'American Carol' takes aim at Dems

Comedy from David Zucker set to open Oct. 3

"An American Carol" is coming to a theater near you, whether you like it or not.

A zany comedy that promises to offend Hollywood's liberal sensibilities -- coming just one month before the presidential election -- there's more riding on "Carol" than one might expect.

For one, it's the first wide release distributed by Vivendi Entertainment, which launched as a theatrical distribution company in March. Vivendi will open "Carol" on 2,000 screens Oct. 3.

And "Carol" is the first theatrical production from Mpower Pictures, the studio co-founded by Mel Gibson's longtime producing partner Steve McEveety.

It's loosely based on "A Christmas Carol," only instead of Ebenezer Scrooge learning an appreciation for Christmas, a Michael Moore-type filmmaker who is visited by the ghosts of George Washington, George Patton and President Kennedy must learn to appreciate the USA.

"Carol" isn't the only politically charged film set for wide release before voters head to the polls Nov. 4, but it's the only one making fun of Democrats.

"If the grass-root Republicans come out, this movie will be very successful," said actor Robert Davi, who plays an Islamic terrorist in the film.

With the Republican base so fired up since candidate John McCain selected Alaska Gov. Sarah Palin as his running mate, the timing for "Carol" couldn't be better.

"This is one of the most unusual elections of our lives, and Palin has injected even more energy into it," said the pic's chief architect David Zucker. "The more people talk about the election, the better our movie will do, and the better Oliver Stone's movie will do."

Zucker -- the writer, producer and director best known for a couple of "Scary Movie" sequels as well as "The Naked Gun" -- is referring to Stone's left-leaning film "W.," a warts-and-all biographical look at President George W. Bush due Oct. 17.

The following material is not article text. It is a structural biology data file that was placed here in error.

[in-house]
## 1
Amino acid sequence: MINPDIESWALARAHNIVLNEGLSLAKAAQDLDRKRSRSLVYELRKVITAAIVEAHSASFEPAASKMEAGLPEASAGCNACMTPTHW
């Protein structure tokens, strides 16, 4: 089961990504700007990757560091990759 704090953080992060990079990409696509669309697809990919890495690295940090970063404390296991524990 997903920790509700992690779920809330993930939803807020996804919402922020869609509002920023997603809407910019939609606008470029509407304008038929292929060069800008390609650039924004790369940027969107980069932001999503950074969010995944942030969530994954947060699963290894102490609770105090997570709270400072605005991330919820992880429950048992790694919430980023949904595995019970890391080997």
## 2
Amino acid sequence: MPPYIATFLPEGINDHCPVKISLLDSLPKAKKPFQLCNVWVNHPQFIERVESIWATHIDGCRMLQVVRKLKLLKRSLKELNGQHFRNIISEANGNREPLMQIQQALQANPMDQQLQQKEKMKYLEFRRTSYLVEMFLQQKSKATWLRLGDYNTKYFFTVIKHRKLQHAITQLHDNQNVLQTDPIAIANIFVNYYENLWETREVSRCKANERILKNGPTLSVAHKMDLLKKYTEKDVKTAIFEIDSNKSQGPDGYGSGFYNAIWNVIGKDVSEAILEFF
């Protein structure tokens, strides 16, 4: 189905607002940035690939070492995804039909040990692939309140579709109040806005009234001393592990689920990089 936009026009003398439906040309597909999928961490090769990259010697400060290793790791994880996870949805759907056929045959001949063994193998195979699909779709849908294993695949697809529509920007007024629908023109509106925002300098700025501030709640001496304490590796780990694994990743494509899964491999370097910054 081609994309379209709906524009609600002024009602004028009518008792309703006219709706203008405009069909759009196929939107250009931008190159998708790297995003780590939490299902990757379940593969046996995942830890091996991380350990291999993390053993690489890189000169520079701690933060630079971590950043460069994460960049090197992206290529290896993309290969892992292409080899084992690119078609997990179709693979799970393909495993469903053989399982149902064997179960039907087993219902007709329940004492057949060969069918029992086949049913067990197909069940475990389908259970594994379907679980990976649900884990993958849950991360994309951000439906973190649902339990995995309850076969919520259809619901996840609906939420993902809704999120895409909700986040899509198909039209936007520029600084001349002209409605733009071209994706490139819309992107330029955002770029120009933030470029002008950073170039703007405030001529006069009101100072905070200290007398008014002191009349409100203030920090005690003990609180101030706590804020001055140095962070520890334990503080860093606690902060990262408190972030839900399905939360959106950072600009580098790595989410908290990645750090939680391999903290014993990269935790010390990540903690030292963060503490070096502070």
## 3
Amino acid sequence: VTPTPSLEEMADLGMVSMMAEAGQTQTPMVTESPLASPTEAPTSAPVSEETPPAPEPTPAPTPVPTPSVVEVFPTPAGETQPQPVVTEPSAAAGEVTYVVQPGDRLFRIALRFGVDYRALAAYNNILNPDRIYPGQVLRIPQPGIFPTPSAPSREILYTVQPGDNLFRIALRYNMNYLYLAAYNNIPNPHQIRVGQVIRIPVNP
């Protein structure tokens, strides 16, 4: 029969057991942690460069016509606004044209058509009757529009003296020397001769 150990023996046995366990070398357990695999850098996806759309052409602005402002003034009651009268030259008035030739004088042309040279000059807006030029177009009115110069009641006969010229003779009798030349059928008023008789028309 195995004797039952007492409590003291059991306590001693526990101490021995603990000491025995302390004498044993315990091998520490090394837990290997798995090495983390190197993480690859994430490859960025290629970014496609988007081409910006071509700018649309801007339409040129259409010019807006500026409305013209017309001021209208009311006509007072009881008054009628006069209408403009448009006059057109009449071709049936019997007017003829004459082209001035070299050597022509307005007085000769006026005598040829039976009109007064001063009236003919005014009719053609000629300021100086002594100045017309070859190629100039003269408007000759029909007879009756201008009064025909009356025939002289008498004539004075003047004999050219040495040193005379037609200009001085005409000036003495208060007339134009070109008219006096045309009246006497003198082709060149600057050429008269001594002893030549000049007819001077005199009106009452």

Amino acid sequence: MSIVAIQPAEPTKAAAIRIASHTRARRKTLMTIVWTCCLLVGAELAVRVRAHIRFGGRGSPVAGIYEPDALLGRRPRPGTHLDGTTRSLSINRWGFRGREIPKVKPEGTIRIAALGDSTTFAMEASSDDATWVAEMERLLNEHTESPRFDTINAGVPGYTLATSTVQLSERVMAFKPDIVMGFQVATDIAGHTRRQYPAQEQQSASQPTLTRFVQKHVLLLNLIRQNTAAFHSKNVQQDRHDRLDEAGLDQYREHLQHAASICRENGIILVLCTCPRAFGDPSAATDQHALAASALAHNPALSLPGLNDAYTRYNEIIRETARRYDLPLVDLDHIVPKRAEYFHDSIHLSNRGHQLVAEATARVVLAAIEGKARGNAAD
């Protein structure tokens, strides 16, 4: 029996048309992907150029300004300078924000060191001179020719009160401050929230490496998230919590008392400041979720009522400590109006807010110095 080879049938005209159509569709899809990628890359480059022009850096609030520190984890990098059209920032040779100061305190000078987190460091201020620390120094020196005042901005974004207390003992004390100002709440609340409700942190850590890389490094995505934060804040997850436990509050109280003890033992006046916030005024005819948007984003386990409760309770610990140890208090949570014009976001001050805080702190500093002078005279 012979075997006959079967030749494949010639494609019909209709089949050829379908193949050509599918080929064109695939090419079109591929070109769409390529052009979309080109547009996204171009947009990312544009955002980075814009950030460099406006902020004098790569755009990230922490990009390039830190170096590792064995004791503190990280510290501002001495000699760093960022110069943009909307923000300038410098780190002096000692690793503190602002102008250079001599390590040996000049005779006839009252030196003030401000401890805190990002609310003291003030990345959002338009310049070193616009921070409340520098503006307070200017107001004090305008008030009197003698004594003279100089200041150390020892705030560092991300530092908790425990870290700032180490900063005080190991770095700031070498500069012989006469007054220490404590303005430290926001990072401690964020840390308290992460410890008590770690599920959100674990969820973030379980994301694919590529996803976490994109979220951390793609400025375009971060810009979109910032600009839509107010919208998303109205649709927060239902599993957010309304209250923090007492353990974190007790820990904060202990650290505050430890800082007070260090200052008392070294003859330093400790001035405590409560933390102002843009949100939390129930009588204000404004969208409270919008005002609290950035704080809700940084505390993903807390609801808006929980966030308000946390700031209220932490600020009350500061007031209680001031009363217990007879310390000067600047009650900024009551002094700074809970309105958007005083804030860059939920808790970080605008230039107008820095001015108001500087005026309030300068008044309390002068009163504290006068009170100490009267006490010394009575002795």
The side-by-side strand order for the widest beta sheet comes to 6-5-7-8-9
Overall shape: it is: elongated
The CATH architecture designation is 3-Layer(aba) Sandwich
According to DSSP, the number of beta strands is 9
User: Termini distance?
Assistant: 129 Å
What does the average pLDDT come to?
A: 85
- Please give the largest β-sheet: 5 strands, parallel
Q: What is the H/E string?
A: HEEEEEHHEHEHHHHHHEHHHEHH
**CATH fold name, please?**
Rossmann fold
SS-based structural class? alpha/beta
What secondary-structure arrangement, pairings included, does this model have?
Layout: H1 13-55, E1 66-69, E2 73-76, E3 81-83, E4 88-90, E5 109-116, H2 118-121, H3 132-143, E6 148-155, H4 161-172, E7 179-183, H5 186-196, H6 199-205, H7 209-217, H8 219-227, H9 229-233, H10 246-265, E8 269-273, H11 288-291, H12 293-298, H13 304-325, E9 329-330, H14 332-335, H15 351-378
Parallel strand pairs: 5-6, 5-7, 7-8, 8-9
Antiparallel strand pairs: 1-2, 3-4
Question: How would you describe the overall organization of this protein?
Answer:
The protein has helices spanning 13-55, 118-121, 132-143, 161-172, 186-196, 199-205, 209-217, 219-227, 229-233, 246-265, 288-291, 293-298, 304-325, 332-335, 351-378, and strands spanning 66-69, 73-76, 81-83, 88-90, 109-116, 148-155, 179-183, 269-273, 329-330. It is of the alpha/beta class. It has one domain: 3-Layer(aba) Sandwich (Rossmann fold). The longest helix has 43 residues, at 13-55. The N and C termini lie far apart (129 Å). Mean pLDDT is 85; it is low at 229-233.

How far left "W." will lean remains to be seen. As for "Carol," it not only leans right, but so do some of its stars, like Kelsey Grammer and Jon Voight.

"Carol" is partially backed by nonprofit group the Moving Picture Institute, which gave a grant to one of the film's writers, Myrna Sokoloff, to help the part-time schoolteacher finish her work on the script.

Partisanship, however, is immaterial to the Moving Picture Institute's decision to partially fund its script, founder Thor Halvorssen said.

MPI's mission is "to nurture promising filmmakers who are committed to protecting a free society," Halvorssen said.

What that has meant until "Carol" came along was producing, funding or supporting in a variety of ways 10 documentaries, and counting, that have been made by Democrats, Republicans and everything in between.

"They didn't care about my politics. They put their money where their mouth is," said Colin Gray, who accepted a grant from MPI to help market "Freedom's Fury."

Gray describes himself as "very left of center." "Freedom's Fury," which he made with his sister, is about "the bloodiest water polo game in Olympic history" and the role that game played in the Hungarian Revolution of 1956.

What convinced MPI to branch out from strictly documentaries and embrace a Zucker comedy is the film's irreverent approach to political correctness.

"Support for freedom sometimes involves disrespect for authority," Halvorssen said.

As for Zucker and Sokoloff, they're both ex-liberals who displayed their transformation into conservatism four years ago when they partnered on a group of humorous TV commercials during the last presidential election cycle. The popularity of those ads encouraged them to make "Carol," with Sokoloff working on the story while Zucker and screenwriter Lewis Friedman focused on the jokes.

"The audience for 'American Carol' is underserved by Hollywood," Zucker said, noting that the $20 million film skewers such liberal sacred cows as the ACLU and the anti-war movement, two popular causes among the entertainment industry elite. "About 150 million people will love it, and 150 million people will hate it."

McEveety said the film will appeal more to "Airplane!" fans than to the "Scary Movie" crowd, and he's not particularly worried about charges of partisanship.

"Sure, it takes a position, but it's fun," he said. "Can't we have a little fun during this election?"

The film's strong political opinion has resulted in a lot of free publicity from the likes of CNN and Fox News, which doesn't surprise Vivendi Entertainment president Tom O'Malley.

"This is the first film I can think of from Hollywood that pokes fun at the left. That makes it fresh," O'Malley said.
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